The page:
NEW YORK — Take Century City's skyline, multiply it 40 times over, and plop it down on a rectangular plot of ground measuring roughly 11 square miles.
That's Manhattan--Los Angeles-East--the place "that'll be a great city, if they ever finish it." And the comparisons and contrasts . . . the love/hate relationship between the two great urban centers that are the financial centers of their respective coasts . . . are inevitable.
The Los Angeles office market, which the nationwide real estate leasing, sales and consulting firm of Julien J. Studley Inc., defines as the 17-mile area between downtown Los Angeles and the ocean on the west, and between Wilshire Boulevard as the axis, out to Ventura Boulevard in the San Fernando Valley, sprawls over about 100 square miles and, in terms of vacancy rates, has had happier days than it is now seeing.
Market-wide, according to Howard D. Sadowsky, senior vice president, vacancies average about 13% to 14%, "but from a low of about 6% to 7% in the Westwood area, to about 15% to 16% downtown, and perhaps as high as 17% in the Los Angeles International Airport area."
The continually surprising Manhattan office market, with almost twice as much office space as Los Angeles (320 million square feet versus 180 million) crammed into a tenth of the space, has an overall vacancy average of 7 1/2%. But in only one area (the downtown Battery market) does the vacancy rate, 14.7%, approach Los Angeles's overall average.
Old, established areas, such as Midtown West, with a vacancy rate of 3.1%, and the Plaza District, anchored on the west by the Plaza Hotel and extending to the East River, with a vacancy rate of 4.2%, remain as tightly compacted as a number 11 foot in a size 9 sock.
"Los Angeles, admittedly, has gone through the wringer," Stephen Siegel, chairman of the board of Cushman & Wakefield, the national full-service real estate firm, told the The Times in a recent interview in the firm's 6th Avenue office here, "but I'm far more optimistic about it than I am, say, about Houston or Denver.
"Marketplaces like those two are industry-dependent--and, in their cases, sole industries, and their health will have a far slower recovery than Los Angeles will have.
"While the vacancy rate in Los Angeles is high on a percentage basis, it, in terms of square footage, is nowhere near either Houston or Denver. Los Angeles is a broad-based market, largely service-related, and we see Los Angeles back to full health in about three years. With both Denver and Houston, I think we're looking at five to eight years, minimum."
Constantly tearing down the old and replacing them with even taller, more modern structures--"I would guess that some of the office buildings you see going up right now are fifth generation buildings on the same site," Siegel added--New York City's dynamism seems to baffle even Cushman & Wakefield's chief executive officer.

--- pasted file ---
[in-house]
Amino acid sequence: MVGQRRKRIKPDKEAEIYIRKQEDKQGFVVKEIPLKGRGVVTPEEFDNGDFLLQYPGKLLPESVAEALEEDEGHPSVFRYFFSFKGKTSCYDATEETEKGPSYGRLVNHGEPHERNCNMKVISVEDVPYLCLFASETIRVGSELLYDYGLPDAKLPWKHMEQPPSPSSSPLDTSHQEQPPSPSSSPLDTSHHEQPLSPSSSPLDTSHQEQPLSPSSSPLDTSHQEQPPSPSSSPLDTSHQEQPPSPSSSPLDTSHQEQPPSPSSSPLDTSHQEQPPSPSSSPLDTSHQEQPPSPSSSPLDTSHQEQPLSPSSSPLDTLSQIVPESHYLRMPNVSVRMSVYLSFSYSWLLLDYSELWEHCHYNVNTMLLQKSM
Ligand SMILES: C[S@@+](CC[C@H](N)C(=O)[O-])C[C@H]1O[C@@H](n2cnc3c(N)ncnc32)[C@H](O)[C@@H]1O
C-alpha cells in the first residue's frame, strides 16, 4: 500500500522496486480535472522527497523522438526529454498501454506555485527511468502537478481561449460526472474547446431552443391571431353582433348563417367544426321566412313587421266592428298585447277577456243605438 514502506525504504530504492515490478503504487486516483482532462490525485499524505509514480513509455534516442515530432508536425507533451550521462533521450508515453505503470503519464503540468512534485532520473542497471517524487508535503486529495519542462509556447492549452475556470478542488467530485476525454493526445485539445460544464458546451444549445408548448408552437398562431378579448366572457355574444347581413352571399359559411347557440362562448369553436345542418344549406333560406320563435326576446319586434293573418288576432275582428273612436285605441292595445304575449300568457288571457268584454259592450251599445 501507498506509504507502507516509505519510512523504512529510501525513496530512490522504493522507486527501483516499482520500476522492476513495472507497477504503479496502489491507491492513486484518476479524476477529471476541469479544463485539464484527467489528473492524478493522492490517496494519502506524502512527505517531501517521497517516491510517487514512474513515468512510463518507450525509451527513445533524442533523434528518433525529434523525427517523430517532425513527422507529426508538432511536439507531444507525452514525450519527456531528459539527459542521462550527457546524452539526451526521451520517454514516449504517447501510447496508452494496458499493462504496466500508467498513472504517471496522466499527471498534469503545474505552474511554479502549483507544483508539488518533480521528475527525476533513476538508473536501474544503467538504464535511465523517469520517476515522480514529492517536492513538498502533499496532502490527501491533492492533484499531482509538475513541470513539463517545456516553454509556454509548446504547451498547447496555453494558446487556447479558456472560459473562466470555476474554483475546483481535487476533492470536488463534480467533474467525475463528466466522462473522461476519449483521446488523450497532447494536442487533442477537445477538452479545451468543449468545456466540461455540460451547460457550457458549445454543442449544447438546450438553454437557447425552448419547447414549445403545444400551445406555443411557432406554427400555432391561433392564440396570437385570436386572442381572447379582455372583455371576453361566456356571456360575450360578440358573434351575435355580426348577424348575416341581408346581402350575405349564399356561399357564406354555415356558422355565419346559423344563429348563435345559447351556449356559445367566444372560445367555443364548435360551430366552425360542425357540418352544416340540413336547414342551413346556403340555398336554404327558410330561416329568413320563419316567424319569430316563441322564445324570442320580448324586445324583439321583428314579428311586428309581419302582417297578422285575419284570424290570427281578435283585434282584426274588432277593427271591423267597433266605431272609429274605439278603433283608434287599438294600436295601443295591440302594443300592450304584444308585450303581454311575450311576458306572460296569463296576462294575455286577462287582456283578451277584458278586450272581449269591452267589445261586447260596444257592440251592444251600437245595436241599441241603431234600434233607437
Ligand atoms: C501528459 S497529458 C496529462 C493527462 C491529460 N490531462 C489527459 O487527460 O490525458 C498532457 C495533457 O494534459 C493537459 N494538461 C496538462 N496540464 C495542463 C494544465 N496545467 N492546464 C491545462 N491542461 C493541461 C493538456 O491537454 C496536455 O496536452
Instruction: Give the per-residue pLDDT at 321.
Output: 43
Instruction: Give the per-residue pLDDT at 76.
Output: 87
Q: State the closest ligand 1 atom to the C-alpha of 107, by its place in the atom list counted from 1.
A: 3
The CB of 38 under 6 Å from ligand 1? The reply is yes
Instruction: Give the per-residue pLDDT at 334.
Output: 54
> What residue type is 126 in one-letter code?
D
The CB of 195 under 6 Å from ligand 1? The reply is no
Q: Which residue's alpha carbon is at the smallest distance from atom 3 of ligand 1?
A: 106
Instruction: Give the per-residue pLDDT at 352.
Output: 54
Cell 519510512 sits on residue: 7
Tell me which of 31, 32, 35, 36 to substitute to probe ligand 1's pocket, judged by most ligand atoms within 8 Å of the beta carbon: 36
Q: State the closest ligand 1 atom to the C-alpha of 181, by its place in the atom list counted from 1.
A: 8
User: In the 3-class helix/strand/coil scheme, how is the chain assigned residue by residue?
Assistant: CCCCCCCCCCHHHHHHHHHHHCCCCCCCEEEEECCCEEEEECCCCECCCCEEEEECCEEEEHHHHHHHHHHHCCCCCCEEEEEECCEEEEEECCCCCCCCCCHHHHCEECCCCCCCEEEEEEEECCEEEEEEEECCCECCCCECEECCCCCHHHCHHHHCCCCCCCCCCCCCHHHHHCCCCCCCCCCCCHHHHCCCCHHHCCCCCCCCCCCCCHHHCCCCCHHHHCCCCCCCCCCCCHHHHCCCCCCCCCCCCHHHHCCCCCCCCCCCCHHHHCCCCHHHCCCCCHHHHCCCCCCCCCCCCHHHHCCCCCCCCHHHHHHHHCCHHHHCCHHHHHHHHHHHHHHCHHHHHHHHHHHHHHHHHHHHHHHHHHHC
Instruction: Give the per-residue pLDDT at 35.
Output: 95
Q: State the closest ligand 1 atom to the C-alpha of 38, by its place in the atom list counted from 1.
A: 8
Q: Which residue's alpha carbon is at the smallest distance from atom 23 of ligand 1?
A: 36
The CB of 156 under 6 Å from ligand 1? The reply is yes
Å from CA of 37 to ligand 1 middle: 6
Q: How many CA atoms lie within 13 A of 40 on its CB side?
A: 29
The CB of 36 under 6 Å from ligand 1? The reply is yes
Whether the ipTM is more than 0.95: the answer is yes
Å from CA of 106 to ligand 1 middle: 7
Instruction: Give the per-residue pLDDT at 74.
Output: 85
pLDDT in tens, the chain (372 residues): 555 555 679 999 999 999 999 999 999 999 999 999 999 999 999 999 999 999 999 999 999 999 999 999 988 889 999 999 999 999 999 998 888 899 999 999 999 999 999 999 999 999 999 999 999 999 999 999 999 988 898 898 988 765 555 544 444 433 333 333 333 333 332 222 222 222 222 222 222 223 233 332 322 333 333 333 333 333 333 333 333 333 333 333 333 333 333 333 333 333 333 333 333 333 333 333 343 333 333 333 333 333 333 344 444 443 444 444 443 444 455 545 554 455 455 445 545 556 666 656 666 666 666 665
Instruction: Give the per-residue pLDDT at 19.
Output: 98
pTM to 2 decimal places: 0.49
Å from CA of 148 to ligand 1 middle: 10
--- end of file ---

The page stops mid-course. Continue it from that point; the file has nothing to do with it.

"Declining interest rates, inflation staying totally in check in about the 3% range and a steady, healthy, sort of business environment are certainly part of it," he added.
"But then, we've also had landlords here seeing the steady absorption of office space the past couple of years, and they've become a little less aggressive in their development. As a result we don't have the sort of overbuilding that characterized the late '70s and early '80s.
"We've got, roughly, a 7% vacancy, Midtown, and we don't have an exorbitant amount of space coming on-stream in 1986 that would transcend the natural absorption. Even with a slowing of growth, we wouldn't expect to see more than a 2% increase in the vacancy rate."
Construction financing rates in Manhattan are in the 10 5/8% to 11% range "and some builders are optimistically projecting rates under 10% before the year is out," Siegel said.
"But I guess most of the vitality here is in line with what our own economists tell us--that we're now in the best times we have ever had, and that the American economy is healthier, as it relates to the rest of the world, than it has ever been."
It's the sort of global health that is increasingly attracting foreign money both to Manhattan and to Southern California.
"Japanese investors," Siegel said, "have historically stuck pretty well to the West Coast, but now, from a high visibility and recognition standpoint, it's New York. Certainly, for them there's nothing in between."
As a nationwide factor in the commercial real estate market, according to Kevin Haggarty, financial services director for Cushman & Wakefield, "about $12 billion came into the country in 1985, and it's a trend that began in about 1984 with an infusion of about $6 billion to $7 billion, and it really started taking off in 1985. And about one-half of this money is Asian, primarily Japanese. There's still a panache about New York that's almost irresistible to foreign investors."